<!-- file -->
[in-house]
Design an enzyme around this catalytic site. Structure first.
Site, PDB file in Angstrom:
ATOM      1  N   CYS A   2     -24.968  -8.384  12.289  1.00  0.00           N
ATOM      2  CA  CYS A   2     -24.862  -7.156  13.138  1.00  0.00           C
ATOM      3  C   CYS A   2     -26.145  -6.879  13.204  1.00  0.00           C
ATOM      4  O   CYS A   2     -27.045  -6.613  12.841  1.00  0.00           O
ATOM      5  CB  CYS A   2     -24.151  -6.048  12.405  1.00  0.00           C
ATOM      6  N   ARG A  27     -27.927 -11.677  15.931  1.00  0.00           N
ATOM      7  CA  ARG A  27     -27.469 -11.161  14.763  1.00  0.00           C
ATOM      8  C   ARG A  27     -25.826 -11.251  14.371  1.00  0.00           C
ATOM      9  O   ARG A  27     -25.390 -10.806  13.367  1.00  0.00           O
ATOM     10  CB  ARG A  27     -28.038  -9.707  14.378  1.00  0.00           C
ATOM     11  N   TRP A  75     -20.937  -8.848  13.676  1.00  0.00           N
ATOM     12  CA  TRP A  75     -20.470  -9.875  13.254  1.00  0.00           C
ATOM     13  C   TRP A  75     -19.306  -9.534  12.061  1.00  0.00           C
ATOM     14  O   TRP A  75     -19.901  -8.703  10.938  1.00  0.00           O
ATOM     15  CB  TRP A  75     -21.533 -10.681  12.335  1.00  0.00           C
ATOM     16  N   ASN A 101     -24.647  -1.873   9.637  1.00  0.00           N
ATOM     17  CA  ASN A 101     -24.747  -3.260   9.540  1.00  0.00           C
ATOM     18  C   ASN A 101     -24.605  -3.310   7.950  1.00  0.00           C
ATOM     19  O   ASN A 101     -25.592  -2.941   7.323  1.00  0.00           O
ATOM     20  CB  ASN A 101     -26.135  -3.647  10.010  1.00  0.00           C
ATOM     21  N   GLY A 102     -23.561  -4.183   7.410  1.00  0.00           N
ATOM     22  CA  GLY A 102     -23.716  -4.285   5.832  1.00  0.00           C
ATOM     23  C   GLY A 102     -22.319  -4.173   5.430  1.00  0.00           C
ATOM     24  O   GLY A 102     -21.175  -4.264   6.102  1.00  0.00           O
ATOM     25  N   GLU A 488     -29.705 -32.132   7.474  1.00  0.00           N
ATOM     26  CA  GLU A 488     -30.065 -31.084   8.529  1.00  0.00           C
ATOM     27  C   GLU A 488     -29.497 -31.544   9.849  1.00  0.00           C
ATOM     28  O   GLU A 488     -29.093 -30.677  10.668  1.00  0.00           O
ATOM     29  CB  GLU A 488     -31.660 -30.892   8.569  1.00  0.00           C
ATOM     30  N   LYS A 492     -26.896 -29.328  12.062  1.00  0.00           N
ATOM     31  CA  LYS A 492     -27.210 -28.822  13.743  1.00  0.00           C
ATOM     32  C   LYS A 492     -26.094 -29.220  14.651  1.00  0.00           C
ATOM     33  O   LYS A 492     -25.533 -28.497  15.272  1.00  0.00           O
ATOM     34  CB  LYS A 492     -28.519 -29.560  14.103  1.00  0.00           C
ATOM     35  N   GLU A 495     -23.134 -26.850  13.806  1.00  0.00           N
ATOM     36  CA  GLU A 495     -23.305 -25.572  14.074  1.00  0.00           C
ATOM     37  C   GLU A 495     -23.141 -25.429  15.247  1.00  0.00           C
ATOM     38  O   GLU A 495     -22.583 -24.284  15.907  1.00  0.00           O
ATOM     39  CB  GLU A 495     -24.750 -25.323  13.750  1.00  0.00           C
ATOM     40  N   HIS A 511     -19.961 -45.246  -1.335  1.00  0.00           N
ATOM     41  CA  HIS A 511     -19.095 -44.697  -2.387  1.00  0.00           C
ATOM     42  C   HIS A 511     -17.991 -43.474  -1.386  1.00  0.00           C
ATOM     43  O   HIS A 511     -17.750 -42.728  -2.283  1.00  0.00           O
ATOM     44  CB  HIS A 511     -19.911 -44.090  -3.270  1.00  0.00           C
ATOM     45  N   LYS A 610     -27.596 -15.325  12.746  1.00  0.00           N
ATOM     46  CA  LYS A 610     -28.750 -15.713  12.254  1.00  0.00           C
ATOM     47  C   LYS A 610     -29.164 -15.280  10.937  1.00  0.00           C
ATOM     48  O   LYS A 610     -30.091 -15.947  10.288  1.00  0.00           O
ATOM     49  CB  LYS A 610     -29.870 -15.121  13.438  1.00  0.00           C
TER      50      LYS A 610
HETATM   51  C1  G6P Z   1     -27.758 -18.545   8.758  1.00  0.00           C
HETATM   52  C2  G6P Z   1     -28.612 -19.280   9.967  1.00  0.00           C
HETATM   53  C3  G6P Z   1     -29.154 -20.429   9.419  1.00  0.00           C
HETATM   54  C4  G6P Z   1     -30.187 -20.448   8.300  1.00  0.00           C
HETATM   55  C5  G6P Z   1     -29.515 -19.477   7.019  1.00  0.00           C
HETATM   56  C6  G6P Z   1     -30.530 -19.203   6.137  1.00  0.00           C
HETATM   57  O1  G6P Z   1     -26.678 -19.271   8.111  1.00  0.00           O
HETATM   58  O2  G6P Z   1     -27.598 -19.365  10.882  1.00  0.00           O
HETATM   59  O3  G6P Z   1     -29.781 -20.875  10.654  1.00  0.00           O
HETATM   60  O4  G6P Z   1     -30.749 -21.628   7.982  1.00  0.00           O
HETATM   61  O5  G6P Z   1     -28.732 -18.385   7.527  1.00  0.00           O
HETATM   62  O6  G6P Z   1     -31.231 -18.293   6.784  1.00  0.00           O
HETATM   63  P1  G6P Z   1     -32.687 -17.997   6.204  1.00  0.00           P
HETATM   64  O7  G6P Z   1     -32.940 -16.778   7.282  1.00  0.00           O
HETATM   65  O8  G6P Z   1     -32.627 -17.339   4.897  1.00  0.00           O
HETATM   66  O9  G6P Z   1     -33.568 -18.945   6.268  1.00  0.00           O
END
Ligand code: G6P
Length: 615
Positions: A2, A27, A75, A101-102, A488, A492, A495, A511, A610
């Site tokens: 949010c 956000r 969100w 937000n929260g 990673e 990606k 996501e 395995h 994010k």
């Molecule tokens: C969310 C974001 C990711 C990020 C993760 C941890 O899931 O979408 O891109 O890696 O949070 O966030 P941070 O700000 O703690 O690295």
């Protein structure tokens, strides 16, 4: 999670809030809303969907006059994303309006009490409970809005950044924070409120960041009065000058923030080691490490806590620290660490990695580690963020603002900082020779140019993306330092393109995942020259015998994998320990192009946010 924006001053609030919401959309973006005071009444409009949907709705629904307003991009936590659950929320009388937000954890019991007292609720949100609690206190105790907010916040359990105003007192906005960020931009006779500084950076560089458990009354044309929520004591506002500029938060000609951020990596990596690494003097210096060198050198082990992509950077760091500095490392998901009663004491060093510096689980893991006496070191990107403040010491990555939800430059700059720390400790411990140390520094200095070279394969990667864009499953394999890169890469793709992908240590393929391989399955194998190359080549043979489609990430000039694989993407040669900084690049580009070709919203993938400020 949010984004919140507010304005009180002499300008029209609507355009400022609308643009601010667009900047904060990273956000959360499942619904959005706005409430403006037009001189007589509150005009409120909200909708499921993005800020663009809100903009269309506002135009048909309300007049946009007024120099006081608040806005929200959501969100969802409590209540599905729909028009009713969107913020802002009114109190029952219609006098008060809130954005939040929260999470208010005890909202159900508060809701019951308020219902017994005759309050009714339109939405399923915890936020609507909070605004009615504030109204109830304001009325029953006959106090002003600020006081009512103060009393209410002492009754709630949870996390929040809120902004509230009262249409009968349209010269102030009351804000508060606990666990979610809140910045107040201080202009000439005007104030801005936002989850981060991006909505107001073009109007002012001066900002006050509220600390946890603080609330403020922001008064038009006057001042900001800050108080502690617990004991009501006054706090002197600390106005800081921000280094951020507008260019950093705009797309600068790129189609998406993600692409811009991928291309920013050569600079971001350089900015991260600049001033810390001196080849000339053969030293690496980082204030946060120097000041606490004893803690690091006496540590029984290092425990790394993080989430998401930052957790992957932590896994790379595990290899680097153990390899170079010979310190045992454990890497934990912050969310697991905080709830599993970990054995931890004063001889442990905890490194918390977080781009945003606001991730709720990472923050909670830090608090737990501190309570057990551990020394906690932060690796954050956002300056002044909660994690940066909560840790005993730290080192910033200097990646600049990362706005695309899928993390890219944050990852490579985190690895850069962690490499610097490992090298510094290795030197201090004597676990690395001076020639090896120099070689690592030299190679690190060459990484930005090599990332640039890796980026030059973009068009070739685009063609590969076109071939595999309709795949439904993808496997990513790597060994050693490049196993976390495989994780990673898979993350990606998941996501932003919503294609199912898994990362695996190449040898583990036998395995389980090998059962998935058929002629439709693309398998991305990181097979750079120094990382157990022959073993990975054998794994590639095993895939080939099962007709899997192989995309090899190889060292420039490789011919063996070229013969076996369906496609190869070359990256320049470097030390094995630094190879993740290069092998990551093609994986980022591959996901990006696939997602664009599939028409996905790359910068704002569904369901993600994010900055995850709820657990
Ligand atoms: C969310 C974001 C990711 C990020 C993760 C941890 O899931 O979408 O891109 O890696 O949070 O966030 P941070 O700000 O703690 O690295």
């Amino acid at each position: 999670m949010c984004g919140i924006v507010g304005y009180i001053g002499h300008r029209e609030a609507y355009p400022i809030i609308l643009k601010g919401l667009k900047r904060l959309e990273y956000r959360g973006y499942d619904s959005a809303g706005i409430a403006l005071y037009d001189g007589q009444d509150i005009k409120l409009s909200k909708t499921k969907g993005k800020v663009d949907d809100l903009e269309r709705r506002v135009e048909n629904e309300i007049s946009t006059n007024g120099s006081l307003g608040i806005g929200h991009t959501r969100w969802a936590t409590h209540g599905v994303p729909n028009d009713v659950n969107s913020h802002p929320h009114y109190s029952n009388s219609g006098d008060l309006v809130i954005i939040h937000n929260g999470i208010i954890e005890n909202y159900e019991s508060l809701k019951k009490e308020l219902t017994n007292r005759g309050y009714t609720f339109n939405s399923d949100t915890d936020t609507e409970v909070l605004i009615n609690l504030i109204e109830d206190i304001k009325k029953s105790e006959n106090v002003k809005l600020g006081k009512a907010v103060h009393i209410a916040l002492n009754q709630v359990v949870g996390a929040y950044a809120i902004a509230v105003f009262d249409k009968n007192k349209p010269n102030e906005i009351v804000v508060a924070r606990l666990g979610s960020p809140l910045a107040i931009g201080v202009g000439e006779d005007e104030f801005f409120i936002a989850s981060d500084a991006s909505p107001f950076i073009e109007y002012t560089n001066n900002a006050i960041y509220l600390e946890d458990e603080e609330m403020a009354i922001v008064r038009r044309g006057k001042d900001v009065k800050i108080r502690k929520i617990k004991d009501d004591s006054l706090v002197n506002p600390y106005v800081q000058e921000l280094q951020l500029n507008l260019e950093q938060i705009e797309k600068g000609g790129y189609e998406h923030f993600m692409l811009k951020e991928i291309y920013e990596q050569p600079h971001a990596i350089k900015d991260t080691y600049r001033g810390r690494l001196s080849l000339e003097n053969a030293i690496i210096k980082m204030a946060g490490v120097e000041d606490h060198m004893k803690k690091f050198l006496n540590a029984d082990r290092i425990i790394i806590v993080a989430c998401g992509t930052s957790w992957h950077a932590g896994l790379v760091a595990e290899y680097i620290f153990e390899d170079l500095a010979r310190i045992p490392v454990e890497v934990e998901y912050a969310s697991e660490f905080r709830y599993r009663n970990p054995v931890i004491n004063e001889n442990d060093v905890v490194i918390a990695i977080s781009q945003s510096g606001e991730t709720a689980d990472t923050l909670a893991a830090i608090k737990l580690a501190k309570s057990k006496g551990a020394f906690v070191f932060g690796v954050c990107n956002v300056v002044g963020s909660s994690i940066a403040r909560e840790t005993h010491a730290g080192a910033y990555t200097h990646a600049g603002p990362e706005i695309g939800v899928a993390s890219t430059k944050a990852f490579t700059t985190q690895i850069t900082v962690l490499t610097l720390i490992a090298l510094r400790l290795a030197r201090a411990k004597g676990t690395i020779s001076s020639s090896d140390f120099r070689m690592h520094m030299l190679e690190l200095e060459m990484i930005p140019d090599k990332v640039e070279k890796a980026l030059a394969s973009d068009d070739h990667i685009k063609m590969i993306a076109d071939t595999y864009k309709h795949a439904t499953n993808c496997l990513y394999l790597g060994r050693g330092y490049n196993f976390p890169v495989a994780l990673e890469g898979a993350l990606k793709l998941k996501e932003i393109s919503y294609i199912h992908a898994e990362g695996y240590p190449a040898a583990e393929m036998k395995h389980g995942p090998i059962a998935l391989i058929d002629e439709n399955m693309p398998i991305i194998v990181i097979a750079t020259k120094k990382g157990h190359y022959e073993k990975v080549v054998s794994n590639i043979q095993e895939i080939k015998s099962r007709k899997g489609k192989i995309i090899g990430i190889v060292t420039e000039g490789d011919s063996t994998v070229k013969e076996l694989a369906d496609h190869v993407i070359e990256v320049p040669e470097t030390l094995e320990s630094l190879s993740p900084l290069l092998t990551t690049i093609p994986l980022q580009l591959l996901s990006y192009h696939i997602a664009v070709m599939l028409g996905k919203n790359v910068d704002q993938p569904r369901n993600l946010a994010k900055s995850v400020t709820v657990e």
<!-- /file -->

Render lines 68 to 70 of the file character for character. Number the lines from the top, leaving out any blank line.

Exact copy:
HETATM   65  O8  G6P Z   1     -32.627 -17.339   4.897  1.00  0.00           O
HETATM   66  O9  G6P Z   1     -33.568 -18.945   6.268  1.00  0.00           O
END